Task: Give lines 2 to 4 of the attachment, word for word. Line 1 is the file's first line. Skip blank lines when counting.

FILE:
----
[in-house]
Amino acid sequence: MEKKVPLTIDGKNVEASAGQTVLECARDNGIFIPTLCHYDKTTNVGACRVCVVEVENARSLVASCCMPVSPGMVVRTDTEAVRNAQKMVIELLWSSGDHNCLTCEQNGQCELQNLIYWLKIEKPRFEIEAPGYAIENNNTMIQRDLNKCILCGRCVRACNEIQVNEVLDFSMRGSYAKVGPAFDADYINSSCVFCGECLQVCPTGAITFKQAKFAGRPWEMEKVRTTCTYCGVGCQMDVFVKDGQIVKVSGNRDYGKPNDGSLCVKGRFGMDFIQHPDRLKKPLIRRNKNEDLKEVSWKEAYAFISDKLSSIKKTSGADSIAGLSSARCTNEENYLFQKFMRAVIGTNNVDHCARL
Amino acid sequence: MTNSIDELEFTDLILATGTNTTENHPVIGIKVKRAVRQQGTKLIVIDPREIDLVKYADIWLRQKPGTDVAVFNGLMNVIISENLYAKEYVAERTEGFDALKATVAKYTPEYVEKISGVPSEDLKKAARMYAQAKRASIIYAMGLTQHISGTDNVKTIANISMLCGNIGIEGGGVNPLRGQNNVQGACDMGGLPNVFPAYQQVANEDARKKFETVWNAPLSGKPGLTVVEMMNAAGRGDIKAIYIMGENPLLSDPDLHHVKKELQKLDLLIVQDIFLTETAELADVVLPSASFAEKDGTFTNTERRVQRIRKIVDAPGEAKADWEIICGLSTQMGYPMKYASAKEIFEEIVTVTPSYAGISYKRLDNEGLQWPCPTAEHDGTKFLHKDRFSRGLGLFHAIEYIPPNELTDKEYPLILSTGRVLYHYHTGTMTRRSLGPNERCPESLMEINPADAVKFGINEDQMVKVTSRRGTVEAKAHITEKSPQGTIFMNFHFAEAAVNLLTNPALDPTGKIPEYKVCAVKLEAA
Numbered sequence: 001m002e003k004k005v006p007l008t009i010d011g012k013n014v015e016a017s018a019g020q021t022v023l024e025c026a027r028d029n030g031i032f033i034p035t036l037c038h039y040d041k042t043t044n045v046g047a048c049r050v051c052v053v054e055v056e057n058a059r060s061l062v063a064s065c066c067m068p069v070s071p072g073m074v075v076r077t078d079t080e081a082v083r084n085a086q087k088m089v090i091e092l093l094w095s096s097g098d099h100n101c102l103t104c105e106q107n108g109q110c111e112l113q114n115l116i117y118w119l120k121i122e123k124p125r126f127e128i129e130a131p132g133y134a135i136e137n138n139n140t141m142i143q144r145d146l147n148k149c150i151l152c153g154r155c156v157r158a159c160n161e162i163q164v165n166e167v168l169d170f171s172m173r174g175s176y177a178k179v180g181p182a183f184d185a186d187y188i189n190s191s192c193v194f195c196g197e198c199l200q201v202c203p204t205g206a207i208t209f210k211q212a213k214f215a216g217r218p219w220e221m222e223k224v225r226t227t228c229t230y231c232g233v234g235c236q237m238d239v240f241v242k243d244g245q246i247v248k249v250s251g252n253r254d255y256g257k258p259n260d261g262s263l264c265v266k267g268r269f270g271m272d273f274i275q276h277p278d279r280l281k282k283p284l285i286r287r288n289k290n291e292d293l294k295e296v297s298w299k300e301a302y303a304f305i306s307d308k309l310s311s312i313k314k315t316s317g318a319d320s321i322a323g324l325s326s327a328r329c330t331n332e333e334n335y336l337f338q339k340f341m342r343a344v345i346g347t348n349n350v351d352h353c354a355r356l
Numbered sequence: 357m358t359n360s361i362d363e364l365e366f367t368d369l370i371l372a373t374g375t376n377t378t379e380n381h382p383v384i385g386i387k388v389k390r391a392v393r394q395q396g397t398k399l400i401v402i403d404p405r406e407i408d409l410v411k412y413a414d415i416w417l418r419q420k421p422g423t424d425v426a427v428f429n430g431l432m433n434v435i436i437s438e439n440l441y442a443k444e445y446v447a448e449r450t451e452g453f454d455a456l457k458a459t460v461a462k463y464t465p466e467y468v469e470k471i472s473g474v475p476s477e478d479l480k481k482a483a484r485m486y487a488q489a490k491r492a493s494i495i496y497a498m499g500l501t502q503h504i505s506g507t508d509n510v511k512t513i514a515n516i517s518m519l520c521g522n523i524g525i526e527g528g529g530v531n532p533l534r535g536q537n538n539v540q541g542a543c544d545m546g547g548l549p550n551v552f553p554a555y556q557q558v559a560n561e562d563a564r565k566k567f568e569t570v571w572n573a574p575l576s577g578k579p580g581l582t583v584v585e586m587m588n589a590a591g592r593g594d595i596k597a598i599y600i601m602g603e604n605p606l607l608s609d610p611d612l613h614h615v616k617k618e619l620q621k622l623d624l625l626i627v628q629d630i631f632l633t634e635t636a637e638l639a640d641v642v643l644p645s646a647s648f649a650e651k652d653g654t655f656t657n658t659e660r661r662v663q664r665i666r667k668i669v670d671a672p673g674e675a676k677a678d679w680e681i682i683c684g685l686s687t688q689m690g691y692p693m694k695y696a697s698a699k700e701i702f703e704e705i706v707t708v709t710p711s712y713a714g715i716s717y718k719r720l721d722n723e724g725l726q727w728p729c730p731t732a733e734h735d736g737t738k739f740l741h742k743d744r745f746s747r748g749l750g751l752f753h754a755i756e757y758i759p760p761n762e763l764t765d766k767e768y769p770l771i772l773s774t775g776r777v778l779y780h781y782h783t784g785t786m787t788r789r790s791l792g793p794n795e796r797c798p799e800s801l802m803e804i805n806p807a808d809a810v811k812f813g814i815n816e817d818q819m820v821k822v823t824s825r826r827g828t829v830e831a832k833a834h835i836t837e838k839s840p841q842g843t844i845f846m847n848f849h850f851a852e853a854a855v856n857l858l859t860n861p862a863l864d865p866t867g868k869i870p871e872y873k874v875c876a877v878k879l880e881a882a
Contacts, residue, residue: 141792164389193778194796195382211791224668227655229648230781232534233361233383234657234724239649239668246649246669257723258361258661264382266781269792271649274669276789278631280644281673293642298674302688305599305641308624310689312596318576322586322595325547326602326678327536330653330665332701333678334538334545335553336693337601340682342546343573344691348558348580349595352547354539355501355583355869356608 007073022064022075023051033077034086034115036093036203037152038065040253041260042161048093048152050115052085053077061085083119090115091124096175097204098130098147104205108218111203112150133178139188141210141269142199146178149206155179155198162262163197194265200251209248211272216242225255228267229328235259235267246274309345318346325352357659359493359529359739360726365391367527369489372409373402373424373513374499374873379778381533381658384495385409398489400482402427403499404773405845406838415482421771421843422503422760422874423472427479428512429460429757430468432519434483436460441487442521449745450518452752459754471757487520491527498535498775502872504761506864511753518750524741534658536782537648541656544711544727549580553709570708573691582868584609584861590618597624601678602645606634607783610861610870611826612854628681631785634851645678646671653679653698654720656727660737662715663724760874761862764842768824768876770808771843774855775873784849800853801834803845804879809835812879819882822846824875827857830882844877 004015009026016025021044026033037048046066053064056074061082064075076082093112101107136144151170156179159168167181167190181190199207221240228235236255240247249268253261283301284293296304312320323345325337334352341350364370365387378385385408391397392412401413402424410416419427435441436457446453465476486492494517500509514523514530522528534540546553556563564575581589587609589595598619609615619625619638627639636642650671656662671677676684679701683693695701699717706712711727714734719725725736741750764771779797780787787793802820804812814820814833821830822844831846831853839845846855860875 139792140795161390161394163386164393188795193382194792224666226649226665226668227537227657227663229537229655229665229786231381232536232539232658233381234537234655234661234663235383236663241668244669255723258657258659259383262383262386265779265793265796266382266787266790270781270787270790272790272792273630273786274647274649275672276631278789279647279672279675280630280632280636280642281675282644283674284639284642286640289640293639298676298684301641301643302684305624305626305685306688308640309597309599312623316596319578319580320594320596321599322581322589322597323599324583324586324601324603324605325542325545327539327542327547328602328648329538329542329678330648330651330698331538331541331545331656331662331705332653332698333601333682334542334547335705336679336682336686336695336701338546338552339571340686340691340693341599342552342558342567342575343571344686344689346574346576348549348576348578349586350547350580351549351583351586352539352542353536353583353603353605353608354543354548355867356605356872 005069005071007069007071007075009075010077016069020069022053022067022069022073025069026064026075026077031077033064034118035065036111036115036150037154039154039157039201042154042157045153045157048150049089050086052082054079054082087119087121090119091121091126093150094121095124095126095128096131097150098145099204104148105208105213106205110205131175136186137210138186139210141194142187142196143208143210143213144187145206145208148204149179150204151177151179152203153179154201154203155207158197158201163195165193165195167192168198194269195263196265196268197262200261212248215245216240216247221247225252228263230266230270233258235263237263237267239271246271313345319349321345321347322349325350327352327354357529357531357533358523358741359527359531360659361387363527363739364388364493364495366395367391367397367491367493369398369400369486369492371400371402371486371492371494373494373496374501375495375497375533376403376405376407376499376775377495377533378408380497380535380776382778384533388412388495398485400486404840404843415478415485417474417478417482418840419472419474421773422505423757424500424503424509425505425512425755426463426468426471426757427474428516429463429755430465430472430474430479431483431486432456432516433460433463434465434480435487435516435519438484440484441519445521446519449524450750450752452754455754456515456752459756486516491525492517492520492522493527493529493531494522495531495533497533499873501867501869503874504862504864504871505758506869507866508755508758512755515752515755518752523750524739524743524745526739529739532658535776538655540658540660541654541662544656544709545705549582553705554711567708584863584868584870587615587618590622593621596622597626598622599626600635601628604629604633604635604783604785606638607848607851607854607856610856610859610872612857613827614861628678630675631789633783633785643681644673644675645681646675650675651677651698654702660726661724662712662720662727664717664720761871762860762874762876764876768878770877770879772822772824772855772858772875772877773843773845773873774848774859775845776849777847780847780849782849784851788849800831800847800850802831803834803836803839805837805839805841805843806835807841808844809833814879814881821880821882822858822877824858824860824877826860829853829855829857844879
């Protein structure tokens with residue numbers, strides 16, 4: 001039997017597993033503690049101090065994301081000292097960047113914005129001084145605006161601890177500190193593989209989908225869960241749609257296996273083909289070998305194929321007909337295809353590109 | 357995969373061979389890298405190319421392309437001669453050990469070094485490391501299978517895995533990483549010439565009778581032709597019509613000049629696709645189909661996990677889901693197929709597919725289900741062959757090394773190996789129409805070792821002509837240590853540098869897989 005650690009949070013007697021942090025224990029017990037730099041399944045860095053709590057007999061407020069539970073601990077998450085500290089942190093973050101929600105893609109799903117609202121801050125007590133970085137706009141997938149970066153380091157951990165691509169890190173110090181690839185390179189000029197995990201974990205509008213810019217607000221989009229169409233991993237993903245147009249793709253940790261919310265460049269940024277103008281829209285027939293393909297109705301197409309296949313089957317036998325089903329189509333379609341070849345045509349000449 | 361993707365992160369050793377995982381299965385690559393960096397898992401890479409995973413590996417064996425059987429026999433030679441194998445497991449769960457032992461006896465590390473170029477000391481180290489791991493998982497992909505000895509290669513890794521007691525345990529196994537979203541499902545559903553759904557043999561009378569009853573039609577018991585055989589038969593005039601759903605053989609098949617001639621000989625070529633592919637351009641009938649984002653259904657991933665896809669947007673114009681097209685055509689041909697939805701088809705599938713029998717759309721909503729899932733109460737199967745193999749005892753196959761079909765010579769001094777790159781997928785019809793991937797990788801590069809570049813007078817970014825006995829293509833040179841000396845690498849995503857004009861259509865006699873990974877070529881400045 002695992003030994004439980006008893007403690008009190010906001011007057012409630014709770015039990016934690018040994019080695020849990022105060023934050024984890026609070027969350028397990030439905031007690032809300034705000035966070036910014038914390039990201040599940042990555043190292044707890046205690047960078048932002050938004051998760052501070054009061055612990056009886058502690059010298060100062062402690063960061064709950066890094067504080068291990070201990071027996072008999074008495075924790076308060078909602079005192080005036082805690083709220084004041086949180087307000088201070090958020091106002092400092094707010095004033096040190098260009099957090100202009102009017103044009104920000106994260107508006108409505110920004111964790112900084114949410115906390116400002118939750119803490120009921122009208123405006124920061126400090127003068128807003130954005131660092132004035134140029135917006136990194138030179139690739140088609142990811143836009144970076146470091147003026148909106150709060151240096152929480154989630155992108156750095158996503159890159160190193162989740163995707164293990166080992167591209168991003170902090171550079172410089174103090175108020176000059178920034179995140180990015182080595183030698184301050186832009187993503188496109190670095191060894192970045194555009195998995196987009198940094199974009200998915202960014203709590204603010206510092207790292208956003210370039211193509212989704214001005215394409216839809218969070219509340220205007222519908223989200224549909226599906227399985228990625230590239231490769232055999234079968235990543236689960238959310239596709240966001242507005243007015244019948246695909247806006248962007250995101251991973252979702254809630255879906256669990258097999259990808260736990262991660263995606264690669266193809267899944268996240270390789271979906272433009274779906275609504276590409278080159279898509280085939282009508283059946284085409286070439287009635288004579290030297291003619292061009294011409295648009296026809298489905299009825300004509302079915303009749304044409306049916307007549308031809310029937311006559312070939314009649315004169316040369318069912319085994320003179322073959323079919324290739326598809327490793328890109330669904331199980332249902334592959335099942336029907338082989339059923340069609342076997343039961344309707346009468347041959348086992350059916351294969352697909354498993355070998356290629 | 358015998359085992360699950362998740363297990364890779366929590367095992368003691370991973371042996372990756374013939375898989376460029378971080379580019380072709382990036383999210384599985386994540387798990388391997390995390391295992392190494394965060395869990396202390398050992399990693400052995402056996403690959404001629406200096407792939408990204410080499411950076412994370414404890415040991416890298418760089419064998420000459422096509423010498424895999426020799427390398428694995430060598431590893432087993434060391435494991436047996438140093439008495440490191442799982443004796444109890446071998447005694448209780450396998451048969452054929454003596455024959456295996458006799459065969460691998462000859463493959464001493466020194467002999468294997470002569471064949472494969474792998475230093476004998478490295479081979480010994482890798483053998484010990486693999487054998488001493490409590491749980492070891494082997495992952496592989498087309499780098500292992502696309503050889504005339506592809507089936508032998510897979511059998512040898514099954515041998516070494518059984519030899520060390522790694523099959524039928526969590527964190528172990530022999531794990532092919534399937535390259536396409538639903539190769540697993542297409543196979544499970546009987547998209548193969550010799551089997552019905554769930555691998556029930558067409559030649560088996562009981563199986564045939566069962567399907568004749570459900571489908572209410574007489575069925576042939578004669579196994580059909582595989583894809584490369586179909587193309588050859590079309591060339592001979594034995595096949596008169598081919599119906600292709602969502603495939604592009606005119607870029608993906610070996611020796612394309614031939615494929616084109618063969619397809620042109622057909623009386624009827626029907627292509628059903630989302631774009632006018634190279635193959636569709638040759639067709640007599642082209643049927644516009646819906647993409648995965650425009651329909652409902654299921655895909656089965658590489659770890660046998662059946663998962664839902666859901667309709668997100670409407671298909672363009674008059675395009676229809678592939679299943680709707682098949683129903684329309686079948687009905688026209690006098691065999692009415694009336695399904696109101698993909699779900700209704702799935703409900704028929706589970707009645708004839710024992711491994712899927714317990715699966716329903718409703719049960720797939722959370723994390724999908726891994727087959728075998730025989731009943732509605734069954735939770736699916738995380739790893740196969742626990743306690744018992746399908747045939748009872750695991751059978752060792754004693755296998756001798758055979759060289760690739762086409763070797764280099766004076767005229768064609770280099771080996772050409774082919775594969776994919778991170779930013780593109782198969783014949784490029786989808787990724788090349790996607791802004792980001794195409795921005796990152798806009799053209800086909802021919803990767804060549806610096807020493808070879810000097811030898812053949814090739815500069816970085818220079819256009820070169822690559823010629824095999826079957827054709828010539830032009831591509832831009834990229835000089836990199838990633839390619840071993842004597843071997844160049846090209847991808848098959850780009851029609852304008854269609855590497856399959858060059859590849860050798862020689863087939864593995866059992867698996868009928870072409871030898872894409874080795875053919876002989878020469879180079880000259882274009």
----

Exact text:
Amino acid sequence: MEKKVPLTIDGKNVEASAGQTVLECARDNGIFIPTLCHYDKTTNVGACRVCVVEVENARSLVASCCMPVSPGMVVRTDTEAVRNAQKMVIELLWSSGDHNCLTCEQNGQCELQNLIYWLKIEKPRFEIEAPGYAIENNNTMIQRDLNKCILCGRCVRACNEIQVNEVLDFSMRGSYAKVGPAFDADYINSSCVFCGECLQVCPTGAITFKQAKFAGRPWEMEKVRTTCTYCGVGCQMDVFVKDGQIVKVSGNRDYGKPNDGSLCVKGRFGMDFIQHPDRLKKPLIRRNKNEDLKEVSWKEAYAFISDKLSSIKKTSGADSIAGLSSARCTNEENYLFQKFMRAVIGTNNVDHCARL
Amino acid sequence: MTNSIDELEFTDLILATGTNTTENHPVIGIKVKRAVRQQGTKLIVIDPREIDLVKYADIWLRQKPGTDVAVFNGLMNVIISENLYAKEYVAERTEGFDALKATVAKYTPEYVEKISGVPSEDLKKAARMYAQAKRASIIYAMGLTQHISGTDNVKTIANISMLCGNIGIEGGGVNPLRGQNNVQGACDMGGLPNVFPAYQQVANEDARKKFETVWNAPLSGKPGLTVVEMMNAAGRGDIKAIYIMGENPLLSDPDLHHVKKELQKLDLLIVQDIFLTETAELADVVLPSASFAEKDGTFTNTERRVQRIRKIVDAPGEAKADWEIICGLSTQMGYPMKYASAKEIFEEIVTVTPSYAGISYKRLDNEGLQWPCPTAEHDGTKFLHKDRFSRGLGLFHAIEYIPPNELTDKEYPLILSTGRVLYHYHTGTMTRRSLGPNERCPESLMEINPADAVKFGINEDQMVKVTSRRGTVEAKAHITEKSPQGTIFMNFHFAEAAVNLLTNPALDPTGKIPEYKVCAVKLEAA
Numbered sequence: 001m002e003k004k005v006p007l008t009i010d011g012k013n014v015e016a017s018a019g020q021t022v023l024e025c026a027r028d029n030g031i032f033i034p035t036l037c038h039y040d041k042t043t044n045v046g047a048c049r050v051c052v053v054e055v056e057n058a059r060s061l062v063a064s065c066c067m068p069v070s071p072g073m074v075v076r077t078d079t080e081a082v083r084n085a086q087k088m089v090i091e092l093l094w095s096s097g098d099h100n101c102l103t104c105e106q107n108g109q110c111e112l113q114n115l116i117y118w119l120k121i122e123k124p125r126f127e128i129e130a131p132g133y134a135i136e137n138n139n140t141m142i143q144r145d146l147n148k149c150i151l152c153g154r155c156v157r158a159c160n161e162i163q164v165n166e167v168l169d170f171s172m173r174g175s176y177a178k179v180g181p182a183f184d185a186d187y188i189n190s191s192c193v194f195c196g197e198c199l200q201v202c203p204t205g206a207i208t209f210k211q212a213k214f215a216g217r218p219w220e221m222e223k224v225r226t227t228c229t230y231c232g233v234g235c236q237m238d239v240f241v242k243d244g245q246i247v248k249v250s251g252n253r254d255y256g257k258p259n260d261g262s263l264c265v266k267g268r269f270g271m272d273f274i275q276h277p278d279r280l281k282k283p284l285i286r287r288n289k290n291e292d293l294k295e296v297s298w299k300e301a302y303a304f305i306s307d308k309l310s311s312i313k314k315t316s317g318a319d320s321i322a323g324l325s326s327a328r329c330t331n332e333e334n335y336l337f338q339k340f341m342r343a344v345i346g347t348n349n350v351d352h353c354a355r356l